There are always at least two different paths to choose from in life. Typically, one is much easier than the other, and that certainly is the case in the Christian life. Why do you think John Bunyan pictured Christian as one who was always put in a position to take the easier path rather than the more difficult or, the more dangerous route? He was basing his story on the journey of faith as depicted in the pages of God’s Word. Sin breeds laziness, and it’s the lazy route that capitulates and embraces error.

Today, I want to provide you with four key reasons why you should fight for the truth.

Christians are People of Truth

As children of God, we are called out of darkness into the marvelous light of Christ (1 Peter 2:9). This calling to live in the light involves living in the truth and loving the truth. The Psalmist continually repeats in Psalm 119, “I hate and abhor falsehood, but I love your law” (Psalm 119:163). In Jude 3, we are called to “contend for the faith that was once for all delivered to the saints.” If God’s Word is true, we should love the pure doctrines of Scripture and have a desire to be people who are marked by them.

Do you love the truth of God’s Word, or do you find yourself drawn to error? The anti-God culture continues to grow, and they are asking for people to “come out” and embrace the ideas of atheism. Richard Dawkins, in his book, The God Delusion, writes. “I am quite keen on the politics of persuading people of the virtues of atheism.” [1] He writes, “I think we’re in the same position as the gay movement was a few decades ago. There was a need then for people to come out. The more people who came out, the more people have had courage.” [2]

Truth Is Safer than Error

Does calling God a liar or calling out culture’s lies requires more courage? It doesn’t matter if you find yourself struggling through the study of the doctrine of election or an unbeliever trying to make sense of the claims of deity by Jesus—make no mistake about it—biblical truth matters. Regarding the unbeliever trying to discern the truth claims of Scripture, the deity of Christ, and the exclusive hope of the gospel—your soul depends on truth. Truth sets a person free from the bondage of sin and leads a person to the hope of salvation in Christ alone (John 14:6). Jesus said, “and you will know the truth, and the truth will set you free” (John 8:32).

As Christians, sometimes the easier road requires little reading, little meditation, little theological study, memorization, and a little prayer. It’s always easier to take the popular opinion, but what if it is wrong? As for eschatology, boasting about being a “pan-millennialist” should not be viewed as an honor badge. When it comes to the doctrine of election, claiming that God loves the whole world without distinction while avoiding a serious study of Ephesians 1-2 and Romans 9 will not result in a healthy understanding of salvation. Avoid the lazy-minded approach to Christianity, which undervalues the study of biblical truth.

Even in the slightest form, theological error is not a safe position to hold. The moment someone capitulates in theology and embraces error in one area, it will be easier to embrace error in other areas. Truth will cost you time, and it may cost you friends—but always remember that truth is safer than error. Be mindful that truth is not always a safe place in this world, but it’s certainly the safest place for eternity (Matthew 10:28).

Truth Is a Pride Killer

The study of doctrine is best understood as the study of God. Studying theology at any level should be fueled by the pursuit of God. If truth is the heart’s desire, it will be a pride crusher. The arrogant person in his theology has not truly understood where the theology directs him. To the Calvinist who boasts of knowing the details of election, predestination, and the divine call of God—he has not truly immersed himself into the depths of that theology to the point that he views his own depravity and helpless estate. Only then can he humbly call himself one of God’s elect.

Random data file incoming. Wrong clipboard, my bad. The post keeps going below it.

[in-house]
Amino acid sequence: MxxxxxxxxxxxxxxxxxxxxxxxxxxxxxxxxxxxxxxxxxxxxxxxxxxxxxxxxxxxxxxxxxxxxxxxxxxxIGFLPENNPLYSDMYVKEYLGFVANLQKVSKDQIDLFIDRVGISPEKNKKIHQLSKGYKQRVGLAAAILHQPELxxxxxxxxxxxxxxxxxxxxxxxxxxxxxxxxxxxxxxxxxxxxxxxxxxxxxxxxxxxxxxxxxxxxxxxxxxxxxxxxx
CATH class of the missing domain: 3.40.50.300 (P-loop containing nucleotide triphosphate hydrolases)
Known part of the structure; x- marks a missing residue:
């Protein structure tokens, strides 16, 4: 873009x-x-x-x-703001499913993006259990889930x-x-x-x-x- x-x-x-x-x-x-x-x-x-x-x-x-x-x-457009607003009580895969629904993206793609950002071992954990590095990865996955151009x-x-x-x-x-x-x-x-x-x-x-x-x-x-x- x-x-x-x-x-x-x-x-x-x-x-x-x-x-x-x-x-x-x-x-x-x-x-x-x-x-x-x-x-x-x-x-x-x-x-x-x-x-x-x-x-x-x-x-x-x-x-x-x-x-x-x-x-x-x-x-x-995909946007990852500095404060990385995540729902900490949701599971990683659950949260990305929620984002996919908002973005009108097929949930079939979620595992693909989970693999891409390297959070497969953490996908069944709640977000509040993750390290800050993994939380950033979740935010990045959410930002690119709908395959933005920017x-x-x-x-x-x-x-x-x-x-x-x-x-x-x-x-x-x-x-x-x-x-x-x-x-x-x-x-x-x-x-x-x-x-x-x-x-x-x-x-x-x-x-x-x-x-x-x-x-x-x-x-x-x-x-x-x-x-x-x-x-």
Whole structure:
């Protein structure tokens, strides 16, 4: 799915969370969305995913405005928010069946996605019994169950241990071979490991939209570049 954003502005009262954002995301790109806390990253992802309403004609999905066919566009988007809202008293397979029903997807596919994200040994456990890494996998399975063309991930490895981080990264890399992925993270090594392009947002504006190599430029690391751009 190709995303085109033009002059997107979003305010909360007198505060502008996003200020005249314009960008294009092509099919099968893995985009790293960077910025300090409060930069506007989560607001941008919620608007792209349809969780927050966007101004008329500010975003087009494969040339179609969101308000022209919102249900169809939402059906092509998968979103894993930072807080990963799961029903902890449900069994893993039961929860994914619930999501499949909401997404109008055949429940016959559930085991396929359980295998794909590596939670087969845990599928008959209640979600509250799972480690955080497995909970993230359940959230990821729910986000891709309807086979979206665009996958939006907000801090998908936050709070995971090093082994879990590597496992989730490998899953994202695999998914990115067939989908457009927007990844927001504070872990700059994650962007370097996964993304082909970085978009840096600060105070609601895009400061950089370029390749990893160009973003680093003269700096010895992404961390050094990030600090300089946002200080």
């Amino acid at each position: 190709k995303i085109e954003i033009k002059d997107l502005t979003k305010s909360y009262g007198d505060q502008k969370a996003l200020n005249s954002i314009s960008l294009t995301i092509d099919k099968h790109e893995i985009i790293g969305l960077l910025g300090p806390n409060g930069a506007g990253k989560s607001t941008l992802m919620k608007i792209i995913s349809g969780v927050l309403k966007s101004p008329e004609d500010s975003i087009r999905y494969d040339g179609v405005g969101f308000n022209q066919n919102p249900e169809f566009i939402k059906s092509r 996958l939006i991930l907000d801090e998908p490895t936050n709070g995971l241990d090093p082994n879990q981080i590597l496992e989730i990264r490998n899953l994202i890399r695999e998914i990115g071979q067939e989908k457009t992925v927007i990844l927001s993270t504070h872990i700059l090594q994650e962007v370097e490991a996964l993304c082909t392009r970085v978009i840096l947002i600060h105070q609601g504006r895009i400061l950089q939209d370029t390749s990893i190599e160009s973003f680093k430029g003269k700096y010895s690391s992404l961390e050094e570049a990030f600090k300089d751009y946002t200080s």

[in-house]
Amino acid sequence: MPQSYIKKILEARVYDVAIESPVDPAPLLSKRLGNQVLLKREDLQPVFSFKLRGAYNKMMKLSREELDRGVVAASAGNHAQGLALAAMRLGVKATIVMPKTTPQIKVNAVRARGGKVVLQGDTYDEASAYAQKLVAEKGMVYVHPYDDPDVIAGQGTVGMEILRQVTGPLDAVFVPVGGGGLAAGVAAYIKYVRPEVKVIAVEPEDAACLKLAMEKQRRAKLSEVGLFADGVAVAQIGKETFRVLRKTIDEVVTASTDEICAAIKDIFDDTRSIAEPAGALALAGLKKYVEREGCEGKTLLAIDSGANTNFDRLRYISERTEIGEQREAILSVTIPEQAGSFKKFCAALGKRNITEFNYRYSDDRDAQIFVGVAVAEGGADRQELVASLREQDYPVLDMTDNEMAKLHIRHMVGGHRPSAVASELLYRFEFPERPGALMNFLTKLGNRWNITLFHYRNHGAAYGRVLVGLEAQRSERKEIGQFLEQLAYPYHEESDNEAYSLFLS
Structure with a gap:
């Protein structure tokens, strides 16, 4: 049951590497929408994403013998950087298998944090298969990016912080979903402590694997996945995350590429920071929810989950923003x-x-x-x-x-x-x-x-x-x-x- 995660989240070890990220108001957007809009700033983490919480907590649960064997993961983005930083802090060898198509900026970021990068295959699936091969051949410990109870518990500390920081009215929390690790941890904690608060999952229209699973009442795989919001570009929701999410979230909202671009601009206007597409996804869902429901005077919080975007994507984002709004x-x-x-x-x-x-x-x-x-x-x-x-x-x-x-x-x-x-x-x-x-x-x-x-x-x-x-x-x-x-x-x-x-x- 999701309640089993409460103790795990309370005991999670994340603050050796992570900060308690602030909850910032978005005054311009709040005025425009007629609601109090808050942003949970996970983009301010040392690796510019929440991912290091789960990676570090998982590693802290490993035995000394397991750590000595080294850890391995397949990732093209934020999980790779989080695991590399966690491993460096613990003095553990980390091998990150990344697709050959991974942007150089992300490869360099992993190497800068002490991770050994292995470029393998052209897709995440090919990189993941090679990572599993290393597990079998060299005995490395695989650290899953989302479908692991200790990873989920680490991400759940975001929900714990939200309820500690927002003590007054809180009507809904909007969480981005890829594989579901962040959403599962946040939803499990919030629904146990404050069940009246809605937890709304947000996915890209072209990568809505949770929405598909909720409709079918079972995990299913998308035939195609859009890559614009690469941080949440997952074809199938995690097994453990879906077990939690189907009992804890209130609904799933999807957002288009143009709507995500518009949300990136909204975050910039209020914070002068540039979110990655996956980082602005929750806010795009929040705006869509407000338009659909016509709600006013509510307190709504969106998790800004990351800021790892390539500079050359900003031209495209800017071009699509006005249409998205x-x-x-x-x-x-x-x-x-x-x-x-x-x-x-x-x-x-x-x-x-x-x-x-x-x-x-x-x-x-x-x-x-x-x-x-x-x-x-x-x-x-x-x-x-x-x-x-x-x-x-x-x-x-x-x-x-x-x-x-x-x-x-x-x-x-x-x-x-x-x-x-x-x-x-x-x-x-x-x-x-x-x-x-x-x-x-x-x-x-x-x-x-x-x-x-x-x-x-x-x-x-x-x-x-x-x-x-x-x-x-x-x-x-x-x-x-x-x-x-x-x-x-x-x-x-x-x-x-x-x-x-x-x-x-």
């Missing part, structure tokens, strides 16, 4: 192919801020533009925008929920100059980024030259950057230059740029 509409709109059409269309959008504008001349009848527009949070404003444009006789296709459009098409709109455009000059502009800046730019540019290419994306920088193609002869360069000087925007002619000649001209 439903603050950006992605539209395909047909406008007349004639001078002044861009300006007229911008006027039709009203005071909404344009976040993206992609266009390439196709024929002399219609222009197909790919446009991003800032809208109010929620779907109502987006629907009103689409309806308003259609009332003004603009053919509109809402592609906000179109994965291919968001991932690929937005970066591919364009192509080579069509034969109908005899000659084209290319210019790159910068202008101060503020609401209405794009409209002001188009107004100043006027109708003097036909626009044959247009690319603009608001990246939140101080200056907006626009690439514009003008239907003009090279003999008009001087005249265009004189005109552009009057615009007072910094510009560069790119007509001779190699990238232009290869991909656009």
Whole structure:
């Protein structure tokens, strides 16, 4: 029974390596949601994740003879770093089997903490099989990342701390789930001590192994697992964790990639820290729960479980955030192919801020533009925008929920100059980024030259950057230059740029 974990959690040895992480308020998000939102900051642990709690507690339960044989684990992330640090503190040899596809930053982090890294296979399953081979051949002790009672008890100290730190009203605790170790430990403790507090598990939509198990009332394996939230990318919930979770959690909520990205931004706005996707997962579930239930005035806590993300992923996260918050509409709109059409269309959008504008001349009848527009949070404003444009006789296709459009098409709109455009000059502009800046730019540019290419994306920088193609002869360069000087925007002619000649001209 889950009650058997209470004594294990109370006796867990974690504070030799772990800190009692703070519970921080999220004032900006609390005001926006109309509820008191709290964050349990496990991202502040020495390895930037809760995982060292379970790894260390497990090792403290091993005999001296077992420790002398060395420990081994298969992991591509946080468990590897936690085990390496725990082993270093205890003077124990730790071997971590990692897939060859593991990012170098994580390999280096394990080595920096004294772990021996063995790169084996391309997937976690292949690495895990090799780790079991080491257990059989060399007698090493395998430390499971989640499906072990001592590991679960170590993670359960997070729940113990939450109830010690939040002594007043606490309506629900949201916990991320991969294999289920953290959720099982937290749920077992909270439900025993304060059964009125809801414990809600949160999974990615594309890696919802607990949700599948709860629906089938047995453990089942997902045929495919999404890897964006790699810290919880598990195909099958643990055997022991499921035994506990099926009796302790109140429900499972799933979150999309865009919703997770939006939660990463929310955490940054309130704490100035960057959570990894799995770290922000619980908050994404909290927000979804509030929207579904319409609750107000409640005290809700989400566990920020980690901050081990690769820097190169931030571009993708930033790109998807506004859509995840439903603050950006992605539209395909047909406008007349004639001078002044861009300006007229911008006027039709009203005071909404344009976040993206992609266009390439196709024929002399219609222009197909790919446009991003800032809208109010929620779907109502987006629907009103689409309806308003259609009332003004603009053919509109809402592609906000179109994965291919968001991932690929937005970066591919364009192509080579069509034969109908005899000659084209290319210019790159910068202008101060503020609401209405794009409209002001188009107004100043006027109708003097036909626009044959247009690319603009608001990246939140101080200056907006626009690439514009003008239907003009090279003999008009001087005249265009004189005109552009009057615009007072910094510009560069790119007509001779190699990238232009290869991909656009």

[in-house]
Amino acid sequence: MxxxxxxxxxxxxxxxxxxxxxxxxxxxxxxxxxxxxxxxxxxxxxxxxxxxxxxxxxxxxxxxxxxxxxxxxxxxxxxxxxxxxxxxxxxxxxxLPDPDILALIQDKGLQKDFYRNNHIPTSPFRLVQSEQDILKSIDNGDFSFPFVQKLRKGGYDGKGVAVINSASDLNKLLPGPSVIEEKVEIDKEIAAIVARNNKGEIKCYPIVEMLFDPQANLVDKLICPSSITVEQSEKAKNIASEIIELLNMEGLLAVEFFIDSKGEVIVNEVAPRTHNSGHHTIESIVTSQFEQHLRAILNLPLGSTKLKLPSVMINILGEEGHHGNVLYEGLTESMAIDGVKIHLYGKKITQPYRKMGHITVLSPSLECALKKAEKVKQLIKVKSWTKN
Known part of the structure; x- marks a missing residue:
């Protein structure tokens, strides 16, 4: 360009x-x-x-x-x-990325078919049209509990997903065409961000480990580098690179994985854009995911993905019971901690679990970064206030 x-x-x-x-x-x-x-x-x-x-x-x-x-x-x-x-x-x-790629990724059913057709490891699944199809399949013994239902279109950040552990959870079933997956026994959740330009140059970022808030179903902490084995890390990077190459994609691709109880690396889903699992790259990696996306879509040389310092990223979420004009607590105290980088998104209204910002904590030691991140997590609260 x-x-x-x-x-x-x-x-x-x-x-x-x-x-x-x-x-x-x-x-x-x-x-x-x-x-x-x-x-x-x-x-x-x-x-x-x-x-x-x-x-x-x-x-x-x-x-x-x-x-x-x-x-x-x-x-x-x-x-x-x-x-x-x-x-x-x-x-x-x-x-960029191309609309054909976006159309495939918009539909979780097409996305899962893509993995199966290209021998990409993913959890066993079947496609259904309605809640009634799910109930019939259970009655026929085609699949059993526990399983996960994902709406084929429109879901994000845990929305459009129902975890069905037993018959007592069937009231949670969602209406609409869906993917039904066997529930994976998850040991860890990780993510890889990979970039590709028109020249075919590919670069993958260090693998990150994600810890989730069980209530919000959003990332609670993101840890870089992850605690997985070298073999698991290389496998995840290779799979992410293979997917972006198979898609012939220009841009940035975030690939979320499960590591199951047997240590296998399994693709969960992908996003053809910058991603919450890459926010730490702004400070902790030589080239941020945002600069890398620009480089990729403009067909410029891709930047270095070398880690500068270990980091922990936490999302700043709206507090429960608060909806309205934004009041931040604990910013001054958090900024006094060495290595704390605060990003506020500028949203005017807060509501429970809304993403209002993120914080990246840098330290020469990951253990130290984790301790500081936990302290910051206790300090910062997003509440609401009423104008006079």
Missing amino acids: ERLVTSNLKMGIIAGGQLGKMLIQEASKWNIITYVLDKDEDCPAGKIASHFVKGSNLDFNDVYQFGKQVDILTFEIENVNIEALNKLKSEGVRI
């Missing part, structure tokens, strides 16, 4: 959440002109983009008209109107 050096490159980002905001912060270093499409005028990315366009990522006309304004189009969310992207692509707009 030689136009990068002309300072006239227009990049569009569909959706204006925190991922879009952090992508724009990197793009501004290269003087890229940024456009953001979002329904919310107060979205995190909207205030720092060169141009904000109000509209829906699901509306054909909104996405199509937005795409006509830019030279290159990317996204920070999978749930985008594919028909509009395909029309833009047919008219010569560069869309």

• The truth of God kills the pride of atheism.
  • The truth of grace kills the pride of antinomianism.
  • The truth of the gospel kills the pride of legalism.

We study doctrine and learn theology not because we love words, sentences, and ideas—but because we love God. The study of biblical truth humbles us. In order to learn the truth, at some point, we must be willing to embrace the confrontation of biblical truth in response to our error. Nevertheless, it’s difficult to admit that we’re wrong. Francis Schaeffer accurately writes, “Truth always carries with it confrontation. Truth demands confrontation; loving confrontation nevertheless. If our reflex action is always accommodation regardless of the centrality of the truth involved, there is something wrong.” [3]

Truth Demands Obedience

The Psalmist writes, “I hope for your salvation, O LORD, and I do your commandments” (Psalm 119:166). For us, those words should be the purest example of what it means to possess an understanding of biblical truth. Once the Psalmist understood God’s law, joyful obedience resulted. The same thing should take place in our lives. Those who know the truth should obey the truth in the Word of God.

Remember, Jesus once said, “If you love me, you will keep my commandments” (John 14:15). Fight for biblical truth because it will result in the purest of obedience to Christ revealed in the Scriptures. It will also result in the most joyful testimony—for who can help but speak of what they have seen and heard? (Acts 4:20; 1 Peter 3:15).

  1. Gary Wolf, “The Church of the Non-Believers,” Wired, November 1, 2006, accessed January 31st, 2018,
  2. Ibid.
  3. Francis Schaeffer, A Christian View of the Church (Wheaton: Crossway, 1994), 110.
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